HIPPO Moving & Storage - History in the Making!

I’m Told Over and Over

I can’t tell you how many people have told me about their dream of starting a storage business.  My quest began, many years ago, when I was about to graduate from college.  During exit counseling, I described to my counselor how my dream was to be in business for myself.  After all, my father had his own successful restaurant.  I was fascinated to hear about his stories and the day’s events each night at dinner.

Little did I know at the time, choosing the right business, designing the buildings and being actively involved in day-to-day operations is all easier said than done.  It takes discipline, lots of cash and a sustained determination to overcome any roadblock that comes up.

One of the key ingredients in the development of any business is having the liquid resource commensurate with the type of business one wishes to enter.  Many opportunities will come your way when you are looking.

My prerequisites for choosing a business were:

  1. The business had to have the potential to provide a sustained profit.
  2. I had to be passionate about storage business.
  3. A basic public demand or need for the products and services to be offered had to be confirmed to exist.
  4. The type of business had to be one where not just anyone could overcome the financial hurdles to entry.

Obtaining the Knowledge

Work experience inside the industry is a necessity before entering any business venture.  You will not make it past first base with a banker without out the proper knowledge of the business you look to enter.  Our training first came by way of Public Storage.  My partner and wife, Linda, took on the task by working nights and weekends for Public Storage.  Linda gave here all by being a meticulous manager and motivated sales associate.  Learning from the best in the industry was our next goal.

Good, Bad & Ugly

Linda accepted an offer providing relief management for Universal Management who, arguably, has some of the best practices in self storage management in the industry.  Universal had, at the time, approximately 20 properties under management in the Atlanta area.  The properties were varied – good, bad and ugly.  There were properties of all types and all personalities.  The managers of each property had their own unique management style.  We learned from the best.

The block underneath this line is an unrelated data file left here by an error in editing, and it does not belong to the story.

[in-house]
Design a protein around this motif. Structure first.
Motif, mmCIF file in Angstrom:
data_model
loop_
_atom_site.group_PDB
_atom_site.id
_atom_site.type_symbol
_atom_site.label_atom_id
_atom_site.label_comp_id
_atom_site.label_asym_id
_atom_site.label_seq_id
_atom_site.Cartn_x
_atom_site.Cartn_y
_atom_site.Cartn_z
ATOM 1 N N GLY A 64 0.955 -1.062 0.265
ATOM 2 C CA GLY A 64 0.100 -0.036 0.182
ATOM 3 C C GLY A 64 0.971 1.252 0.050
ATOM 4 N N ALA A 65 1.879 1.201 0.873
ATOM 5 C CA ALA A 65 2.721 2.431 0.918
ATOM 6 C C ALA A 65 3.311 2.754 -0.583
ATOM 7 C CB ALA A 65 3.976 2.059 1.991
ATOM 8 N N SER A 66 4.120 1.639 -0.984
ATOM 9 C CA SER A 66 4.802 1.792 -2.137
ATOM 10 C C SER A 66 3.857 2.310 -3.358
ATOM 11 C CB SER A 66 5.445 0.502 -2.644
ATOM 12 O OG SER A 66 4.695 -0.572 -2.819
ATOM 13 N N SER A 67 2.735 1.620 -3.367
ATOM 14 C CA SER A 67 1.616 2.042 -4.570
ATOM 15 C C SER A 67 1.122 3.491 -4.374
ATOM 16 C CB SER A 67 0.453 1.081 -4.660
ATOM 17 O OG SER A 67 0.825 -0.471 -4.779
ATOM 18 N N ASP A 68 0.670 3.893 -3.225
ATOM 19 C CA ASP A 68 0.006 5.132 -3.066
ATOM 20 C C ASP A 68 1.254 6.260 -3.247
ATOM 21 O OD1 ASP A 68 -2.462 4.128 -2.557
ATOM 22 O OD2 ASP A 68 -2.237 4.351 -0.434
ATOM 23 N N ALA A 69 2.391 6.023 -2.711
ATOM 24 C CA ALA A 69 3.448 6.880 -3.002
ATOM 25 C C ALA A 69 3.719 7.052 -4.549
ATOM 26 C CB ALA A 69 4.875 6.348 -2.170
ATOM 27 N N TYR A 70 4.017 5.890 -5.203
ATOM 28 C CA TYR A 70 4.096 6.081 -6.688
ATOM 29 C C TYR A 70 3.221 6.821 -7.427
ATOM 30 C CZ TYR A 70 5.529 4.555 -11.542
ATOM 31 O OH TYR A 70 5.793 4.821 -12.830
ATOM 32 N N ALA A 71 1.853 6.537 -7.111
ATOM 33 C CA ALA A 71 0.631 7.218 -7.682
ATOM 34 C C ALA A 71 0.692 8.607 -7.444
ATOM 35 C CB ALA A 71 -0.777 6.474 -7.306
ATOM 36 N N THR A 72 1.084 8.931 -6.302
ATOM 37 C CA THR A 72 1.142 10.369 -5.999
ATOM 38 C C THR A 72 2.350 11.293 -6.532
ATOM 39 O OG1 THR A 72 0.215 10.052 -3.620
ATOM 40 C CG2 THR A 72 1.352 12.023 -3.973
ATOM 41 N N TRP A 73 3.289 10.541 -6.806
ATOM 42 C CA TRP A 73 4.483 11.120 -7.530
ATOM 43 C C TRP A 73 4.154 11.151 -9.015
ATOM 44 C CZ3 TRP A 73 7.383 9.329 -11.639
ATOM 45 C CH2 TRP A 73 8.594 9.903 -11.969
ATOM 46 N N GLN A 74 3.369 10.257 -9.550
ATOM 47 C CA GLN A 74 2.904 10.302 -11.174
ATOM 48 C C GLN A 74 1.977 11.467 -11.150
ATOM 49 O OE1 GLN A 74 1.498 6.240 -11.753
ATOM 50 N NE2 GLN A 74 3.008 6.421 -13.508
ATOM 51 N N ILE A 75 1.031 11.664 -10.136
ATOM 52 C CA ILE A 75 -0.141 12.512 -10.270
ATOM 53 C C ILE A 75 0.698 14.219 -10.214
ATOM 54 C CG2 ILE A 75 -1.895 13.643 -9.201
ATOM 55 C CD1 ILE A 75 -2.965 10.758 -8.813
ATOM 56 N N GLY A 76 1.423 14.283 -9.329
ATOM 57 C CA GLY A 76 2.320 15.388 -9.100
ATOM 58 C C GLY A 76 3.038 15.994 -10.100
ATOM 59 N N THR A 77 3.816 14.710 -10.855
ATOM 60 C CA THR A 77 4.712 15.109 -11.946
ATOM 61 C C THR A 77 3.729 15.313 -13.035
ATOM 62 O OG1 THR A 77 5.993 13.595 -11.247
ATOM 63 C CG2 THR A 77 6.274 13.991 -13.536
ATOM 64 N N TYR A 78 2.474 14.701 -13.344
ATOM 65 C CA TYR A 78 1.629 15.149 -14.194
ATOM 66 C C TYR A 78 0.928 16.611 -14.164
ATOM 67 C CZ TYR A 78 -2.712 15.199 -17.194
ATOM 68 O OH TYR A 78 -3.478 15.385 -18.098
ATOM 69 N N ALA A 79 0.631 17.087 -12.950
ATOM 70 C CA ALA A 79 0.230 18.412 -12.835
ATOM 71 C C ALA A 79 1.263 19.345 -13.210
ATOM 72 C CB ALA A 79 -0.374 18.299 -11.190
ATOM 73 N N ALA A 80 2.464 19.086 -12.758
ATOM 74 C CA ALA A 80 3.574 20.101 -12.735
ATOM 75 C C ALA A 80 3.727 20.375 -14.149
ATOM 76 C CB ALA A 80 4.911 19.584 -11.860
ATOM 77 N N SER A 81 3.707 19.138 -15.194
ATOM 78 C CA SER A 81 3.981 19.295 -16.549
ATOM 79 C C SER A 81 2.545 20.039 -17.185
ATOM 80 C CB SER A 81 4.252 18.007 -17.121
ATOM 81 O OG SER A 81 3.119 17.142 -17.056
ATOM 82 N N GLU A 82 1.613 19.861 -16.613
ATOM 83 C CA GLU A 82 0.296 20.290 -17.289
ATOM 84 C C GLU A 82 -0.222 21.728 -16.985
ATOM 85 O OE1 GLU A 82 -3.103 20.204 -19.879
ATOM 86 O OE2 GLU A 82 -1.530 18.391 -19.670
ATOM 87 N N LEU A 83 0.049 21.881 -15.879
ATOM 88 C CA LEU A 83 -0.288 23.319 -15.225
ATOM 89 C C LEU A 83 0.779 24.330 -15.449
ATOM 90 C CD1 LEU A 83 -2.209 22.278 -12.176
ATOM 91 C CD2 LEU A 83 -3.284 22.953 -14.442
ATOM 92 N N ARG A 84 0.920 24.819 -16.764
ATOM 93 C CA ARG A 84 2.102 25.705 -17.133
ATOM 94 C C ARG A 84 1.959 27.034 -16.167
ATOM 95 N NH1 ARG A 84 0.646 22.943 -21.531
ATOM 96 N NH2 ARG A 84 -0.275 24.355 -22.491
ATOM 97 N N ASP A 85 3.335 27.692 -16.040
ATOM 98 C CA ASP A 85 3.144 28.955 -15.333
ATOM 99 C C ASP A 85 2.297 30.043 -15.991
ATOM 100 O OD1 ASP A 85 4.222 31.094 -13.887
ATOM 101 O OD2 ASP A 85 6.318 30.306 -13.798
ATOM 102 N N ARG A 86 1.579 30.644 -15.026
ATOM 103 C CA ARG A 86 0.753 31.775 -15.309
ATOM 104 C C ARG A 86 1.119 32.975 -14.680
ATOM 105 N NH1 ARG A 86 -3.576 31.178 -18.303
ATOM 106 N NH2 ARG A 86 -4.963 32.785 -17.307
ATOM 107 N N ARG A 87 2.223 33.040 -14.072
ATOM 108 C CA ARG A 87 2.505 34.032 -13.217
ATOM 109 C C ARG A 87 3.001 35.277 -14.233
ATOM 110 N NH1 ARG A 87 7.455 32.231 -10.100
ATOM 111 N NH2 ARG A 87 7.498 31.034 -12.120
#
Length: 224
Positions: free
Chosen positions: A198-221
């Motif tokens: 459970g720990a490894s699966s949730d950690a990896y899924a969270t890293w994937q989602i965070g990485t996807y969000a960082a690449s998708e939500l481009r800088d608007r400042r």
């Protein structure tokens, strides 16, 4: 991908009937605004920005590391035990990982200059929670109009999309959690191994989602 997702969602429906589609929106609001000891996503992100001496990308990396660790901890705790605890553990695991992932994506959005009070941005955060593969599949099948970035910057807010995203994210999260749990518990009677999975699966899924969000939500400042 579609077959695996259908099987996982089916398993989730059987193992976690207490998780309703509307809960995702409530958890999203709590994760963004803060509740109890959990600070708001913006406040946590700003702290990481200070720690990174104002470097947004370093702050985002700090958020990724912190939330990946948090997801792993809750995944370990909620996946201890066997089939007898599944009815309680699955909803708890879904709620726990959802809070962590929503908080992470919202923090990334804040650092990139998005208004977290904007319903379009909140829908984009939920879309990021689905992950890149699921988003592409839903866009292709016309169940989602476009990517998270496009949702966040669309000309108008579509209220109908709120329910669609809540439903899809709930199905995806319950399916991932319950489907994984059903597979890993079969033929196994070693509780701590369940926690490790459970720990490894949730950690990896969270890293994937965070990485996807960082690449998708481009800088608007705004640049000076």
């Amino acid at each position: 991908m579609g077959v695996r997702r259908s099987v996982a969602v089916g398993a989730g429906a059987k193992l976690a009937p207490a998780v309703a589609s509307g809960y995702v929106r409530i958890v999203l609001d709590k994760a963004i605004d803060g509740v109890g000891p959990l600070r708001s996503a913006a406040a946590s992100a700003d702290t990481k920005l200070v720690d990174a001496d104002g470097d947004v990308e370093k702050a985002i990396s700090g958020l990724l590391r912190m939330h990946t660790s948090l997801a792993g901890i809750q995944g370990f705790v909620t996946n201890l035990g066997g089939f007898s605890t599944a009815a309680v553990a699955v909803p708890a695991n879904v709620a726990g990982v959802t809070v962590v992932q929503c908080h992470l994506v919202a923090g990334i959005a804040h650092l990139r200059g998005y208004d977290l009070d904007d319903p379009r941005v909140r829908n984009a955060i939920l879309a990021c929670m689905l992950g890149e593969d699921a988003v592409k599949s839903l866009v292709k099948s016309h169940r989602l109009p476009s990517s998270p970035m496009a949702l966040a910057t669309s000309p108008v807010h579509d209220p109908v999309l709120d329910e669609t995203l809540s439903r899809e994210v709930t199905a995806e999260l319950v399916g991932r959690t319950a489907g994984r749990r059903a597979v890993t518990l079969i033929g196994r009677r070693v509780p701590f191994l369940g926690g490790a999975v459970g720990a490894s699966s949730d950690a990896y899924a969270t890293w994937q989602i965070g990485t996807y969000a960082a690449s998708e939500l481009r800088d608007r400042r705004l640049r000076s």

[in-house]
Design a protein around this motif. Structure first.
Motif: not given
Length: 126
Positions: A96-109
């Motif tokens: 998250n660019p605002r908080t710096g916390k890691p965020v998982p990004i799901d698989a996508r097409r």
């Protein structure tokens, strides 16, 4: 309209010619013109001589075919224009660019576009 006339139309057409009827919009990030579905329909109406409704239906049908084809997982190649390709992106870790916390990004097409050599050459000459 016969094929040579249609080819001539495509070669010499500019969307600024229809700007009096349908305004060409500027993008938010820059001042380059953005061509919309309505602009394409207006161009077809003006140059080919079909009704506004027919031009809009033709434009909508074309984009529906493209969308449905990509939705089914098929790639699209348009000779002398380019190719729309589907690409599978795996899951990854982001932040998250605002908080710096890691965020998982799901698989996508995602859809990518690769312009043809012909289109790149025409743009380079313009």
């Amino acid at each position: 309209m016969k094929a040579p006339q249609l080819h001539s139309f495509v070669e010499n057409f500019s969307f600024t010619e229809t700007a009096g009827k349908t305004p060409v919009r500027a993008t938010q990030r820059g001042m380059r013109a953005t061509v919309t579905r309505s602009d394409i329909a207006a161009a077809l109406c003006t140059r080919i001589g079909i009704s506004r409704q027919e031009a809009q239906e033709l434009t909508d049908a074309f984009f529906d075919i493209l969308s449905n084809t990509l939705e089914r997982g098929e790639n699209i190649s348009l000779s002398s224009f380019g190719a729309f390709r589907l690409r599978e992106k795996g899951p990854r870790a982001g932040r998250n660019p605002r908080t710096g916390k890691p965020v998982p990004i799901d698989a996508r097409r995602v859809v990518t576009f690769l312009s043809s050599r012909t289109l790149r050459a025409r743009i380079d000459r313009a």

The final class

One day the leader, at the time, in the self storage industry offered Linda an opportunity to manage a new property still under construction. We both learned a great deal about design and operations from SurGuard. One day I came to pick up Linda for Lunch. She mentioned how the builder who had built the self-storage property was cleaning out his storage room and throwing everything in the dumpster. I thought to myself immediately that I had to dive that dumpster before the trash man arrived. Upon inspection of the contents of the dumpster, I could see constructions plans and architectural design standards manuals. I had hit the jackpot. I retrieved these items and more that later proved very valuable by saving many thousands of dollars in professional fees. I will always be grateful to that builder who, at the time, worked for a company called Rib Roof.

Day Dreams Turn Into Reality

Here is a perfect example of how day dreams turn into reality. One day while traveling I noticed a truck traveling past me in the same direction. It was hauling a big box I later found identified as an intermodal container. I thought to myself, hum, if I could figure out how to deliver a small container into someone’s driveway then that could be the basis for a revolutionary new business concept for moving and storage in one step. The beauty of it was that you could have hundreds of storage containers and need only one truck!

More Hurdles

During my quest to investigate portable storage regulation by way of zoning came up on me like a roadblock. I back tracked a bit before I found out about a similar concept called self storage where there was already a thriving industry that existed. I found out about an industry conference being held in Nashville, TN and went to it with Linda. Here my eyes were opened to a thriving industry where it was evident that a basic need was confirmed to exist – people store lots of stuff. Linda and I looked at quick ways to enter into the business. One was through franchising. We both felt too independent to operate under the control of others. What’s more, no one at the time had a dominant brand in the market. The industry was, at the time, made up of mom and pop owner/operators.